Facebook to Reveal Details of Advertisers, Ads Used on Site

John Lister's picture

Facebook says it will be more transparent about who is running ads on its site. It's also introducing tighter controls on election-related ads.

The transparency changes follow questions about the influence of political advertising, particularly when it was unclear who had actually bought and placed the ads. However, Facebook says it will apply to changes to ads of all kind. (Source: fb.com)

Changes Set For 2018 Campaigns

The changes will mean that any paid ad on Facebook must be linked to a Page, which is the business or organization equivalent to a personal account on the site. When the change takes effect, users will be able to visit any Page and click a button to see all the ads it is currently running on Facebook. Anyone will be able to see the full list of ads, regardless of whether they are part of the chosen target audience for a particular ad.

The changes will roll out as a test in Canada first of all and then go worldwide later in the year, with a specific target of getting the new system in place for next year's US midterm elections.

Political ads will come under additional rules. Anyone placing an ad that relates to a specific election will need to verify not just who they are, but whether they represent anyone and what their physical location is. This information will then be accessible in a link that appears next to the ads in questions. Users will also be able to see the specific criteria by which they were selected to see the ad.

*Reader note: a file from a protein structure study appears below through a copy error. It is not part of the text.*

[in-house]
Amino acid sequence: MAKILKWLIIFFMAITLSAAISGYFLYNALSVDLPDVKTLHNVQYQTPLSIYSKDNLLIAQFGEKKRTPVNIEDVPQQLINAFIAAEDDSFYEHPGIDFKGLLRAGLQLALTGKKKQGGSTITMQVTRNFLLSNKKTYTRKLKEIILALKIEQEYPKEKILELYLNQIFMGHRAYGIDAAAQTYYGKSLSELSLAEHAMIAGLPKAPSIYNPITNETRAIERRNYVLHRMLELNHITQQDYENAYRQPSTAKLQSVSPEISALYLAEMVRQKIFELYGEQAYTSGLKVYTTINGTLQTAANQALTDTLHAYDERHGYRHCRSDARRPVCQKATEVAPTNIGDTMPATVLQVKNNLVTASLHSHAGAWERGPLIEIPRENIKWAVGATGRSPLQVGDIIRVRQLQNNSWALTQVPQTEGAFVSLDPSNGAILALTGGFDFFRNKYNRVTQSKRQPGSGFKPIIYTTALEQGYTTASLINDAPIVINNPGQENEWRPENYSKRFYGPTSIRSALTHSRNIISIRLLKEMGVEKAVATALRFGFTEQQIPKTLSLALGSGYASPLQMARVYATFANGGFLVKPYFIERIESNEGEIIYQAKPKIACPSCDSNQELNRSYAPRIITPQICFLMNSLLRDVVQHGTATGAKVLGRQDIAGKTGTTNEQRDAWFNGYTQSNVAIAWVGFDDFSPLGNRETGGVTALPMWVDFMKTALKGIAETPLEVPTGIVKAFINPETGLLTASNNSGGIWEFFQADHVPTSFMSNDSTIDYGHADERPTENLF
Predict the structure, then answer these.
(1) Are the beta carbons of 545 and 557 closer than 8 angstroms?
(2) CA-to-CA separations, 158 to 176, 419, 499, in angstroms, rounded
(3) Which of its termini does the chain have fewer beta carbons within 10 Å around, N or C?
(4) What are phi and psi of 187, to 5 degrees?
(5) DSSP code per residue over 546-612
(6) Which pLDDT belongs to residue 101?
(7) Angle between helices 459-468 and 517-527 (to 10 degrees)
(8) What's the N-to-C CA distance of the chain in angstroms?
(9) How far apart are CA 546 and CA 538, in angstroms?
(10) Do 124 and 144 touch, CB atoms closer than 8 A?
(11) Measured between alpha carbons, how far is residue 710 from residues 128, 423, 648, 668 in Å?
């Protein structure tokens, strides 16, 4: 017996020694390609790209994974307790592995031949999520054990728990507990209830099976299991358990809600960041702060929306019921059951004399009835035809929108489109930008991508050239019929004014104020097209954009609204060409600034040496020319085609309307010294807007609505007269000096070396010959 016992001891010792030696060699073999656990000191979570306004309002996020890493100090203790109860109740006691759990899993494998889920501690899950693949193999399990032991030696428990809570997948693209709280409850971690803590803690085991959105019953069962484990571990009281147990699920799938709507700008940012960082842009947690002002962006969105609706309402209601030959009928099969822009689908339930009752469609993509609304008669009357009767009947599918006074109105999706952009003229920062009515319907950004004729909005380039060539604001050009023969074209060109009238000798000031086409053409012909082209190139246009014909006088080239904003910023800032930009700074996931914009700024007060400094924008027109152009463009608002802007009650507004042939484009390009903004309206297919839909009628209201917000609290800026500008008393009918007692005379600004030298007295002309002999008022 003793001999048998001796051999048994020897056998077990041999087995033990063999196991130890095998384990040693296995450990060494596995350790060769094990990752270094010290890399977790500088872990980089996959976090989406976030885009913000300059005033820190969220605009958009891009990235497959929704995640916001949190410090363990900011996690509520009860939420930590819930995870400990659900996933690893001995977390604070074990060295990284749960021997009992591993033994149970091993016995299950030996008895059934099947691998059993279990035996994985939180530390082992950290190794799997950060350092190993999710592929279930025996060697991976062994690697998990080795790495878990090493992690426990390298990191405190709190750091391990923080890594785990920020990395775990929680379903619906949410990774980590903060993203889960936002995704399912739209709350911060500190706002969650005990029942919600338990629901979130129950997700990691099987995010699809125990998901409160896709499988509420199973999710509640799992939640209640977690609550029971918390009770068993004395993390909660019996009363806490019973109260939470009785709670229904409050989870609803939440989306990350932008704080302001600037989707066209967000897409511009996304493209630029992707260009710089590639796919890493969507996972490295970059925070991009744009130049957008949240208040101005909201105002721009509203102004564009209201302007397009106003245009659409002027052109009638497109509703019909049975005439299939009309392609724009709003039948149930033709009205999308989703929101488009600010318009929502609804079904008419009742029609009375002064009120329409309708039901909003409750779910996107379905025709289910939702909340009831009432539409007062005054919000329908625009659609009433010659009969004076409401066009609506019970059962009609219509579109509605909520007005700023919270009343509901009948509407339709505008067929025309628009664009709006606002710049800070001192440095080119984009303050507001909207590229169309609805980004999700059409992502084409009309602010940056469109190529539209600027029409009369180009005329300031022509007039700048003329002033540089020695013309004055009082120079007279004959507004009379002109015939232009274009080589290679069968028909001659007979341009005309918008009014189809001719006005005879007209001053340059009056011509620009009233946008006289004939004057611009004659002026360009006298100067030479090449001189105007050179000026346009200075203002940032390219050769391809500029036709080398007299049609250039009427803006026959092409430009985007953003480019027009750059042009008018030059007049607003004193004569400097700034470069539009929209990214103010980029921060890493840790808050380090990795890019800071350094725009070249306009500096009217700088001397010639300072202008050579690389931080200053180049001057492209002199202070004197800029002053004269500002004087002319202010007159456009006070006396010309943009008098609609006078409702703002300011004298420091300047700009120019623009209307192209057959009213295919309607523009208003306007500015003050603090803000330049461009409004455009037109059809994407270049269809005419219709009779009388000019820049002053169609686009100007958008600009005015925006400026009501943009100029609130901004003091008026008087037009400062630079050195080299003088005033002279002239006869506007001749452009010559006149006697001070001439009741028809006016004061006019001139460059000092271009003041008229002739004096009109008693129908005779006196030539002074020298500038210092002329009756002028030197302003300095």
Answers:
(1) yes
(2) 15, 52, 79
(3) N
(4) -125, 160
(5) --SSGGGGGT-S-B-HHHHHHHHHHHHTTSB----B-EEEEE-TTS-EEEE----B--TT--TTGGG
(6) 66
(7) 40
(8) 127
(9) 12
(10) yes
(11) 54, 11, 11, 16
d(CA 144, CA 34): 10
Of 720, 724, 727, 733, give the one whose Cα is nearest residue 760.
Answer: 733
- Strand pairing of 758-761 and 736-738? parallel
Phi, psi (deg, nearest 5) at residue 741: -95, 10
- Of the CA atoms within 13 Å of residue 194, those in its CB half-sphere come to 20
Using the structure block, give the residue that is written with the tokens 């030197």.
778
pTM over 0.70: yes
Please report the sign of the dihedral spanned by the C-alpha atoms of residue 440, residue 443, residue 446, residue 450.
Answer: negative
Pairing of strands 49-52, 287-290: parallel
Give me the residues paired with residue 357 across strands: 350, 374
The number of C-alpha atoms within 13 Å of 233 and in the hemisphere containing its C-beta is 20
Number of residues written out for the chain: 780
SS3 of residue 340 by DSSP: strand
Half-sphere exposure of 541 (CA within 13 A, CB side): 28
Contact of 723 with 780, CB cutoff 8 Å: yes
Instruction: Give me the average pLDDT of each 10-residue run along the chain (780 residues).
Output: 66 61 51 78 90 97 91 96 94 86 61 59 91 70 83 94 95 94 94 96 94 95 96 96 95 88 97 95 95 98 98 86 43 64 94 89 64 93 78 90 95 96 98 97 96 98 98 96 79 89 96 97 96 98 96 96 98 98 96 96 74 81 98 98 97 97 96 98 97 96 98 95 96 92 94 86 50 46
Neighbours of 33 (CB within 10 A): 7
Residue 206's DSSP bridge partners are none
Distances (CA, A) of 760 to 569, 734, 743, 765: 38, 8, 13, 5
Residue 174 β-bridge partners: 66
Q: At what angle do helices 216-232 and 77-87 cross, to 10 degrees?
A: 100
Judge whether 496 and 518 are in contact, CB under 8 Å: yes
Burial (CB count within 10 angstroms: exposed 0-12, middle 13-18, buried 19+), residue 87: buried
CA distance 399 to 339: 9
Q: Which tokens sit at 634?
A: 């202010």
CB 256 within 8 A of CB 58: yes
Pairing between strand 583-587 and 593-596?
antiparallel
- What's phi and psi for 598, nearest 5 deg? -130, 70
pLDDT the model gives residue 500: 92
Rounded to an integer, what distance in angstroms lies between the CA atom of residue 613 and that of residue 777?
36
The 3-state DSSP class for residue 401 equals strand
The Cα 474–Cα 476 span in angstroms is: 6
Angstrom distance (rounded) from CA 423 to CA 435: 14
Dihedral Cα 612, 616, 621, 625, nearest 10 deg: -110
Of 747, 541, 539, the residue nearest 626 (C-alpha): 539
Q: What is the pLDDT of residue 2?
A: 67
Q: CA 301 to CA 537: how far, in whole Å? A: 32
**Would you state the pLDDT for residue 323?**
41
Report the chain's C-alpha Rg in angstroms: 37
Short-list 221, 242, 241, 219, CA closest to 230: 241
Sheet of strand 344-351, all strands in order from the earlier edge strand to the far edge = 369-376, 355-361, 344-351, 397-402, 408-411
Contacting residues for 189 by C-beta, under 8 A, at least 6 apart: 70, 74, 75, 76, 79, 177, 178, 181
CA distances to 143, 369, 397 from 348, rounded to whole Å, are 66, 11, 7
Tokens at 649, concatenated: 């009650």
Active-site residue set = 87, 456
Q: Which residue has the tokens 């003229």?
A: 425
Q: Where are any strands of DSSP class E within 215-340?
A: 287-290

US Ads To Be Archived

Facebook also plans to build a searchable archive of ads that relate to US federal elections. Once fully established, the archive will cover the previous four years. As well as listing the content of each ad, Facebook will include details of the total amount the advertiser spent on that specific ad, along with the number of times it was viewed. The details will also include a demographic breakdown of the people who saw the ad.

This goes beyond current legal requirements that only require disclosure of spending totals by individuals and political committees and don't cover online outlets or platforms that carry the ads. (Source: cjr.org)

What's Your Opinion?

Are such changes necessary? Do they go far enough? Is Facebook's influence on politics so great that its ads need external oversight?

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Dennis Faas's picture

I'm wondering if this will be publicly available information, and if Facebook will also allow users to block ALL ads by an advertiser. That would be amazing. Now we can finally see who's posting all those "1 simple trick" ads and ban them forever!